O’Neill to warn Johnson not to act unilaterally over protocol

Threats to withdrawal agreement or protocol ‘reckless’, says Sinn Féin northern leader

Sinn Féin’s northern leader Michelle O’Neill intends to warn British prime minister Boris Johnson against taking unilateral action over the Northern Ireland protocol when they meet later on Monday.

“I will be telling Boris Johnson that unilateral action deepens political instability and economic uncertainty and must not happen,” Ms O’Neill told The Irish Times.

Mr Johnson is due to meet the leaders of the North’s five main parties in an attempt to restore the power-sharing institutions at Stormont.

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British foreign secretary Liz Truss is expected to announce legislation on Tuesday that will unilaterally override central elements of the protocol, including those that govern customs checks, food safety and goods regulation.


Mr Johnson is to affirm his commitment to the Belfast Agreement and assert that he is not seeking to scrap the protocol. But Downing Street made clear in advance that he will not drop the threat to unilaterally disapply parts of the agreement he made with the EU in 2019.

He will tell party leaders “that we will always keep the door open to genuine dialogue” but that “there will be a necessity to act” and protect the Belfast Agreement if the EU does not change its position.

Post-Brexit arrangement

Mr Johnson will tell the DUP that “action to fix the protocol” must result in the formation of the Executive and the Assembly. The DUP last Friday refused to elect a speaker at Stormont, meaning the Assembly and Executive cannot function, until there is “decisive action” from London regarding the post-Brexit arrangement.

Friday was the first time the Assembly met since the May 5th election which returned Sinn Féin as the largest party, entitling Ms O’Neill to the position of first minister.

DUP leader Jeffrey Donaldson last night re-emphasised his party's position and said until such action was taken "the consensus necessary for power sharing in Northern Ireland does not exist".

He said Mr Johnson’s visit was “a recognition that the protocol is not working and is harmful to Northern Ireland” and warned while he would wait to hear what the British prime minister had to say, “we will not make judgments on words”.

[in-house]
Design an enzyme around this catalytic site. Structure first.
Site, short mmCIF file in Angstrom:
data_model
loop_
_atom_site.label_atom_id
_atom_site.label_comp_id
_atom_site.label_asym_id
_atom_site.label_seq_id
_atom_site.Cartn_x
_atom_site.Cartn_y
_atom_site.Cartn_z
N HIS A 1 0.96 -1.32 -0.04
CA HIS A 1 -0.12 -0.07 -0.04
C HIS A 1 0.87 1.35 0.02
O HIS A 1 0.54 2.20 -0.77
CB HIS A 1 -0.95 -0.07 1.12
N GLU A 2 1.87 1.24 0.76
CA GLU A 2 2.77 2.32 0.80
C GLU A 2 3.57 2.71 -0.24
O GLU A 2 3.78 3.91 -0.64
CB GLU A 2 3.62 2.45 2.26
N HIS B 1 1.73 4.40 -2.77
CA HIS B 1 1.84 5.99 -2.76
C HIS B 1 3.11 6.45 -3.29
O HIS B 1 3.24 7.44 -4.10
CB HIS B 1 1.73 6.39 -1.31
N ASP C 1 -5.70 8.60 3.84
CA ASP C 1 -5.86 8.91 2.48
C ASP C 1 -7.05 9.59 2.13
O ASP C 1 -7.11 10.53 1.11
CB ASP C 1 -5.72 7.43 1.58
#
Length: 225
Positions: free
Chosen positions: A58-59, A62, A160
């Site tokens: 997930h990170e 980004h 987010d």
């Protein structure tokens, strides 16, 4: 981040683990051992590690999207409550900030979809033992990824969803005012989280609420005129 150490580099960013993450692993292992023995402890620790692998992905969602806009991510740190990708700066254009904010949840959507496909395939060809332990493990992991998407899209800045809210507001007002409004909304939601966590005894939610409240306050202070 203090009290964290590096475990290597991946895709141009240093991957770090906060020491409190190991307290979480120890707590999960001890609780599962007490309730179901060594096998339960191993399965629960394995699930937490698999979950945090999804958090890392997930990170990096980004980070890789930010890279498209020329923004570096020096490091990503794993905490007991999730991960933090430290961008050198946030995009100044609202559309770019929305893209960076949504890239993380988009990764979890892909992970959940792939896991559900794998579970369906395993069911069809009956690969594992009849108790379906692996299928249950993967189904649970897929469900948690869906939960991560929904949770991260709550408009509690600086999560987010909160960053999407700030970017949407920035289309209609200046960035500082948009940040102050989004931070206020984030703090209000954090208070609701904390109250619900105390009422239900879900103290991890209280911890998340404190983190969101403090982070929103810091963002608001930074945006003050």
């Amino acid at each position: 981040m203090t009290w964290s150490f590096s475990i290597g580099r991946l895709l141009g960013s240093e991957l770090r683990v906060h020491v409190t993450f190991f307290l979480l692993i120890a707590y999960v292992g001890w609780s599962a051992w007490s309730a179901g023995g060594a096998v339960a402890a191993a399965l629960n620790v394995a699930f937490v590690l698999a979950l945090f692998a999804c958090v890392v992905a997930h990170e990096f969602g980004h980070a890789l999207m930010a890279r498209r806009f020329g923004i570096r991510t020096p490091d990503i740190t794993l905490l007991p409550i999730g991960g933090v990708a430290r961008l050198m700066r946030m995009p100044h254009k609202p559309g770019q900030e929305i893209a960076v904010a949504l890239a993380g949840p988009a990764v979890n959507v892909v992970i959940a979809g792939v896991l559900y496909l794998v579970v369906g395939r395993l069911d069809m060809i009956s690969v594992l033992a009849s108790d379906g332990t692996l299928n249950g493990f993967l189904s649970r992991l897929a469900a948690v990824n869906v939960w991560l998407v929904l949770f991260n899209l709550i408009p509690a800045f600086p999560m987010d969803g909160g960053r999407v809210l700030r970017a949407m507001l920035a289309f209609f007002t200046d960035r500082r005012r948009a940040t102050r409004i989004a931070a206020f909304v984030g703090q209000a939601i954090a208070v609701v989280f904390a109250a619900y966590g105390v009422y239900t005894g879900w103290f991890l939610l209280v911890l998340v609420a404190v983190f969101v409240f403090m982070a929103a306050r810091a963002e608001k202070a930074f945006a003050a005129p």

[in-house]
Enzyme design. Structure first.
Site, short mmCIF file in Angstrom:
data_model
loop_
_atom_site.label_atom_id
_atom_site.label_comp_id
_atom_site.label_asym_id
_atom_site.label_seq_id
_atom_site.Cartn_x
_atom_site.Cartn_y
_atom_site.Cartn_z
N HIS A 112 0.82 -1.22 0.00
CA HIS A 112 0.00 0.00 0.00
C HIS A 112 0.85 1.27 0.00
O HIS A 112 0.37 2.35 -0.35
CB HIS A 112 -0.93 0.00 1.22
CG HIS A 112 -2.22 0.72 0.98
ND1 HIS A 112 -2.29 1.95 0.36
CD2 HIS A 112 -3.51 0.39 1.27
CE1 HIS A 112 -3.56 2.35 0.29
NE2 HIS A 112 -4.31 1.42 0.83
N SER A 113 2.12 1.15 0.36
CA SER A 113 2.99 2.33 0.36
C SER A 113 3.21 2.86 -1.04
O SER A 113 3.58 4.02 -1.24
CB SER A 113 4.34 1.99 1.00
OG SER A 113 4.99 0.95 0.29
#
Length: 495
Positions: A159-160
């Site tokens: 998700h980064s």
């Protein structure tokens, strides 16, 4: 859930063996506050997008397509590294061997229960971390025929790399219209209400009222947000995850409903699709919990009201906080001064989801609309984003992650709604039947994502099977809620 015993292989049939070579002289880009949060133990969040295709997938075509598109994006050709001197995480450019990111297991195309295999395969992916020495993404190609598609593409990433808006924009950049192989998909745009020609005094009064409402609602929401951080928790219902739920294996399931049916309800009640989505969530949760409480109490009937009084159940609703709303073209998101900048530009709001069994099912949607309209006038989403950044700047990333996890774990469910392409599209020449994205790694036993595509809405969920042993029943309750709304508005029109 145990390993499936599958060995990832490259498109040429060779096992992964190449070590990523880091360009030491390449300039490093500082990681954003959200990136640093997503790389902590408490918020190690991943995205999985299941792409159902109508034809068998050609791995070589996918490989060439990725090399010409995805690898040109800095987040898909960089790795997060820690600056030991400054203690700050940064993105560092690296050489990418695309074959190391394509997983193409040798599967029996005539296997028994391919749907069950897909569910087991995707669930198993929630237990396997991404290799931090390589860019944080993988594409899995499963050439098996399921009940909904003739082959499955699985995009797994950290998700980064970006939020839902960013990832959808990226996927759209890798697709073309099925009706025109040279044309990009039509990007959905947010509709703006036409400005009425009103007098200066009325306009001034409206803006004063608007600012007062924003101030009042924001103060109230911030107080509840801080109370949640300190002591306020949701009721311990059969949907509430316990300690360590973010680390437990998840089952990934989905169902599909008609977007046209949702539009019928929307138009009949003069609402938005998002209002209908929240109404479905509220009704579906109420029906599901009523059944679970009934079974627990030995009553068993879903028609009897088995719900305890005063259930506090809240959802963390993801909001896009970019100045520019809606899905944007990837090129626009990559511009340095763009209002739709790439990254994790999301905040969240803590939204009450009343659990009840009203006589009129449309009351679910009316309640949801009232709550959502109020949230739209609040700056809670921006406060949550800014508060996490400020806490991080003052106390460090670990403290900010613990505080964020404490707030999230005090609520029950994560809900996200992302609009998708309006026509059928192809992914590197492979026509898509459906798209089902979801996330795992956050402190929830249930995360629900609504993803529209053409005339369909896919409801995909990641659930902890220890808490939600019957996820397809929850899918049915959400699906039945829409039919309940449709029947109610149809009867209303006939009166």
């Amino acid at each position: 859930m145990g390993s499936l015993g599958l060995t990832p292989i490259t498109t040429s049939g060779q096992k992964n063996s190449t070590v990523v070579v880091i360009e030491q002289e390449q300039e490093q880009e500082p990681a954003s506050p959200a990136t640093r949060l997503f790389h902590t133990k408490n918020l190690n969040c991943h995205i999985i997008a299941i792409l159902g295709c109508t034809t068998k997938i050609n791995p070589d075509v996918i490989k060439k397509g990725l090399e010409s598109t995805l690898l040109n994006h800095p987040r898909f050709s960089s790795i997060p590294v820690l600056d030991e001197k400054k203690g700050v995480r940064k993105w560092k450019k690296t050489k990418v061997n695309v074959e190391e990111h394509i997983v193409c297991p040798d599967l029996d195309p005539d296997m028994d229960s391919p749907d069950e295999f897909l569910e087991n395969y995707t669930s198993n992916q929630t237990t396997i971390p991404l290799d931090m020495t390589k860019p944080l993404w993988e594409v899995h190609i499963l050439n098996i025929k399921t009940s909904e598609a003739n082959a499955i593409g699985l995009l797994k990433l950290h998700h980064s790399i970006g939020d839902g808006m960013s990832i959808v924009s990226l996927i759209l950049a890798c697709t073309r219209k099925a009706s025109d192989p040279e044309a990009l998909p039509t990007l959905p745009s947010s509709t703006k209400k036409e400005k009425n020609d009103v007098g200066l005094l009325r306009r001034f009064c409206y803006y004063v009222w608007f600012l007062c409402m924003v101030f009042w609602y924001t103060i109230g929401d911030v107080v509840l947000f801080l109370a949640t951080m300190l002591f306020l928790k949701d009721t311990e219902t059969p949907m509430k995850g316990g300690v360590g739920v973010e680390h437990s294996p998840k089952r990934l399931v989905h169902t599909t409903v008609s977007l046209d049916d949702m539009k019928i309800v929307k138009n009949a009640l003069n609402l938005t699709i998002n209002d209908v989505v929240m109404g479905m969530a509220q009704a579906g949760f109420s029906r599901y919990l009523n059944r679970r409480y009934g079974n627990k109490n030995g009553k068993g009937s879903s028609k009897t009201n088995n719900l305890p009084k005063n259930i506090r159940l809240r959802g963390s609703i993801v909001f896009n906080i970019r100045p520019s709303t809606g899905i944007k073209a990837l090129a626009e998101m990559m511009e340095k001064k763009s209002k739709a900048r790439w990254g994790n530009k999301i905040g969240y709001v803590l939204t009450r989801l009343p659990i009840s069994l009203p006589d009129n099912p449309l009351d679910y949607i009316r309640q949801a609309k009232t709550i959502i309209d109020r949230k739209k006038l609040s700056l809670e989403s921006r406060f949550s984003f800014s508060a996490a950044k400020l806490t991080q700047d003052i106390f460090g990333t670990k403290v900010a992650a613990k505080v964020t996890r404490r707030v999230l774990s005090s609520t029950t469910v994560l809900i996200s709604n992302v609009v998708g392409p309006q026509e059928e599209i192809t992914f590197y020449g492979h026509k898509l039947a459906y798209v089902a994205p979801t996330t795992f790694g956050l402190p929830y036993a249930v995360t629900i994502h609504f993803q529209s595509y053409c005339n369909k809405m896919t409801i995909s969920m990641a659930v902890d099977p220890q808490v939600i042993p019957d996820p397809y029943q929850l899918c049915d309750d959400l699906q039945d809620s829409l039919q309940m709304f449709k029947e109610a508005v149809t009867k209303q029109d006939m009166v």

Ms O’Neill said “any threat of unilateral action by the British government to denounce the withdrawal agreement, or disapply the protocol, would be reckless” and “walking away from international obligations would also represent an appalling attack on the international rule of law”.

‘Pander to the DUP’

She added that “only through joint agreement with the EU can solutions to problems or concerns be resolved”.

Alliance Party leader Naomi Long said Mr Johnson "must recognise he is coming to a changed Northern Ireland" and the "vast majority" of people "voted for parties that wanted to return to government, that wanted to see the Assembly work" and the British government "cannot continue to pander to the DUP, allowing them to hold the rest of us to ransom".

She said she recognised the protocol – “a direct consequence of the hard Brexit the DUP wanted” – needed to be amended, but she would make clear to Mr Johnson “that the people of NI are best served by ongoing dialogue on this issue, alongside tackling waiting lists and the rising cost of living, in a functioning Assembly and with MLAs getting on with the job”.

The EU has warned that unilateral action on the protocol would be in breach of international law and would trigger retaliatory action. Business secretary Kwasi Kwarteng on Sunday played down the risk of a trade war with Europe, although he acknowledged that Britain’s planned action might be illegal.

“Different lawyers have different opinions as to what the effect of our action will be . . . All I’m saying is that our number-one priority is to ensure political stability in Northern Ireland. And if that means relooking at the protocol, then so be it,” he said.

Freya McClements

Freya McClements

Freya McClements is Northern Editor of The Irish Times

Denis Staunton

Denis Staunton

Denis Staunton is China Correspondent of The Irish Times